and returns are low. If markets do fine, these strategies also have greater
upside growth potential to allow for more future spending or to provide a
greater legacy.

Spending numbers are divided between conservative,
moderate, and aggressive retirees. I define these retirees based on their
willingness to invest in stocks (25%, 50%, or 75% stock allocations), and their
willingness to see their portfolio decline to low levels (see the table notes).

The table is divided into three parts. First are
the spending strategies that are comparable to the dedicated income strategies
shown before. We can observe that conservative and moderate retirees would need
to spend less in order to maintain sufficient confidence that their wealth
doesn’t fall by too much, but that aggressive retirees could spend more by
taking on greater risk that the plan won’t actually work. Nonetheless, the 4%
rule is not applying to the inflation-adjusted spending. For a moderate
retiree, 2.4% is the comparable number today. I assume the simulations start
from today’s lower interest rates and that stocks outperform bonds by their
average amount historically along with their historical volatility. Since 1926,
large-capitalization U.S. stocks outperformed long-term government bonds on
average by 6% per year with 20% volatility.

(2) Sustainable Spending from Volatile
Investment Portfolios

Spending Rates from an Investment Portfolio March 11, 2020

These numbers can look bleak, but not all is
lost for today’s retirees. Let’s consider three possible ways to spend more.

The first is with buffer assets. These are
assets available outside the financial portfolio to draw from after a market
downturn. Returns on these assets should not be correlated with the financial
portfolio, since the purpose of these buffer assets is to support spending when
the portfolio is otherwise down. The two main buffer assets are to use policy
loans with the cash value of whole life insurance (though this would have to
have been set up years in advance), or to open a line of credit with a reverse
mortgage. By helping to reduce the need to take distributions from the
portfolio when it is in trouble, buffer assets can support a higher spending
rate with the same level of sustainability. I include spending rates from the
investments assuming a buffer asset holding five-years worth of spending power,
and that spending is sourced to the buffer asset in any year that the remaining
portfolio balance fell below its initial level at the start of retirement. For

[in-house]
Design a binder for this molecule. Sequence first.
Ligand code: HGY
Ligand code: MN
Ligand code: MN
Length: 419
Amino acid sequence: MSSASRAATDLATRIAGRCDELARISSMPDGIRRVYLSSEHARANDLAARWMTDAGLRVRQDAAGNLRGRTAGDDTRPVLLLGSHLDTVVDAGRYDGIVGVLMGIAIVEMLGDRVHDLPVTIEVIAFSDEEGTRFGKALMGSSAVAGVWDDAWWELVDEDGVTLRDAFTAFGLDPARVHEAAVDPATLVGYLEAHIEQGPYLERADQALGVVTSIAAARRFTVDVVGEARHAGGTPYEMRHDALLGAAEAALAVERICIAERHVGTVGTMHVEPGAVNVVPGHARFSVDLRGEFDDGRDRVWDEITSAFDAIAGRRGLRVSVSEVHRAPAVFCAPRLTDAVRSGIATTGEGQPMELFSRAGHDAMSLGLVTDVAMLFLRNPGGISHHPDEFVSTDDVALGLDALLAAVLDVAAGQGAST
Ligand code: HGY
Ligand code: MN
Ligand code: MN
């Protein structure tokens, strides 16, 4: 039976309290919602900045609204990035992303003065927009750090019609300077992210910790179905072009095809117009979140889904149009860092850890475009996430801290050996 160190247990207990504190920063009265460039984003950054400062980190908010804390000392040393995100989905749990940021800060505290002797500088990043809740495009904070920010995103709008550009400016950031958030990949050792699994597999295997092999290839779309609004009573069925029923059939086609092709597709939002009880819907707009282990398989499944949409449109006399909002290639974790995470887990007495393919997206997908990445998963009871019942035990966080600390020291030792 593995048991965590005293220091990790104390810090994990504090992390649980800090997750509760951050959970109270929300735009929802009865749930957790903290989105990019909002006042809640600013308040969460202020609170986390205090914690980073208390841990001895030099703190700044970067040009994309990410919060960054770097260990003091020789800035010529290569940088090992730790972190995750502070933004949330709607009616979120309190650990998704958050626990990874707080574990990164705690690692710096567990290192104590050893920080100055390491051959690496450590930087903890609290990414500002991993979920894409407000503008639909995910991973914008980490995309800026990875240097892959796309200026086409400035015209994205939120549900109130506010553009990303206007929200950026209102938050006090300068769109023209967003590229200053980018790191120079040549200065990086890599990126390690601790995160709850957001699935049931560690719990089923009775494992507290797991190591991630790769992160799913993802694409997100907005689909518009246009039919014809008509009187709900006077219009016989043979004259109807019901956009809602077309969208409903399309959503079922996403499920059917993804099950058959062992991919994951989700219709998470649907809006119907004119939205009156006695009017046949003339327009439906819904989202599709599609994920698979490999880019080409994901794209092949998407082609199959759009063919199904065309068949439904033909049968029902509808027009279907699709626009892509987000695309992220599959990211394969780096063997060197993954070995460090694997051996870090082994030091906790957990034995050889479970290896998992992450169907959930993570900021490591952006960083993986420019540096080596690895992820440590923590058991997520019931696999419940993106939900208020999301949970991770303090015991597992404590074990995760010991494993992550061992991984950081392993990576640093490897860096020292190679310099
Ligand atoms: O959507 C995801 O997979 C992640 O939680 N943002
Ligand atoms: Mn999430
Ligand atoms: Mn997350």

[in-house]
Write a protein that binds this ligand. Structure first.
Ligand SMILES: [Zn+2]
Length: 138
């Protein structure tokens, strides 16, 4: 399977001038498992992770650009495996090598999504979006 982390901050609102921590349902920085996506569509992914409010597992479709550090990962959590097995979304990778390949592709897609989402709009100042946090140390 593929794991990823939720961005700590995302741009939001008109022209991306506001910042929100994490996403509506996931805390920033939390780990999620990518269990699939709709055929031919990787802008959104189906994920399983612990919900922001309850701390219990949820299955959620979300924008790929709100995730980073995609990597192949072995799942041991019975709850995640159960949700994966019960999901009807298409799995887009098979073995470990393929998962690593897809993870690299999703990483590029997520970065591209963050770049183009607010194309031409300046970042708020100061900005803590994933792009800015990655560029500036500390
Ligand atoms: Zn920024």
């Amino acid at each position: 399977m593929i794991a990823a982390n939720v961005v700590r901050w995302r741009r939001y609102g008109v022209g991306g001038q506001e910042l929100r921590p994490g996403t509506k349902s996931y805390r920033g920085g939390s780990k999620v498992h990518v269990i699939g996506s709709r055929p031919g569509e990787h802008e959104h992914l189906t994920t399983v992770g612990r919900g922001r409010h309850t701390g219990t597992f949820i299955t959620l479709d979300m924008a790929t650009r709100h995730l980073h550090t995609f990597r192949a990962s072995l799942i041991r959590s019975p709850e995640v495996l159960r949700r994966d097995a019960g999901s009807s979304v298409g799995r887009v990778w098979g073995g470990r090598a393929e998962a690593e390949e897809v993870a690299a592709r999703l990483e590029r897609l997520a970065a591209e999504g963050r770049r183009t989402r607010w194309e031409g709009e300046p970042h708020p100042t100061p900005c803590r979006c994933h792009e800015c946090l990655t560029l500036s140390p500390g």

moderate retirees, the buffer asset raised the spending rate from 2.88% to
3.56% for spending with the fixed cost-of-living adjustment, and from 2.4% to
2.91% for inflation-adjusted spending.

The next way to spend more is to use a variable
spending strategy. Spending can start higher, but only because there is a
built-in willingness to cut spending as necessary. There are many possible
variable spending strategies. I include the Guyton and Klinger decision rules
in the table because they are probably the most famous. This strategy assumes
inflation-adjusted spending, but the inflation adjustment is skipped in years
after the portfolio experiences a loss, and spending is further cut by 10%
permanently at any point in the first 15 years of retirement that the
withdrawal rate from remaining assets has risen more than 20% above its initial
level due to a declining portfolio balance. In a bad market, there could be
several of these permanent 10% spending cuts. In the other direction, spending
can also increase by 10% whenever the portfolio grows sufficiently so that the
current withdrawal rate is more than 10% lower from where it started. These
rules are complicated and will require careful monitoring with a spreadsheet,
but we can see this is another way to preserve spending and the “4% rule”
survives in the moderate case.

Finally, we could consider a case that
integrates insurance and investments. To be consistent, let’s suppose a
spending goal with 2% spending growth throughout retirement. Using only
investments, a moderate couple would be looking at a 2.88% spending
rate. Suppose they place 30% of their assets into a SPIA. It offers a 3.8%
withdrawal rate. Also, because they now have this downside protection for their
spending, they start to relax more about market volatility and feel that they
can behave more aggressively with their remaining investments. That moves them
to a 3.97% withdrawal rate. Blending the annuity and the investments, their
combined withdrawal rate increased from 2.88% to 3.92%. Because bonds are
really the least efficient way to support retirement spending, this type of
integrated strategy would work even better for conservative retirees. And while
I considered SPIAs here, there are other available annuity options that
preserve liquidity and upside such as variable or indexed annuities that
include a protected lifetime income benefit.

And so, things look bleak, but there is a path
forward. Buy incorporating partial annuity use, having access to a buffer
asset, and having some capacity to reduce spending, a reasonable withdrawal
rate can still be possible and can provide some relief to those approaching
retirement at this unprecedented time.

 


Originally posted at https://retirementresearcher.com/how-much-can-retirees-spend-on-march-11-2020-it-may-not-be-what-you-think/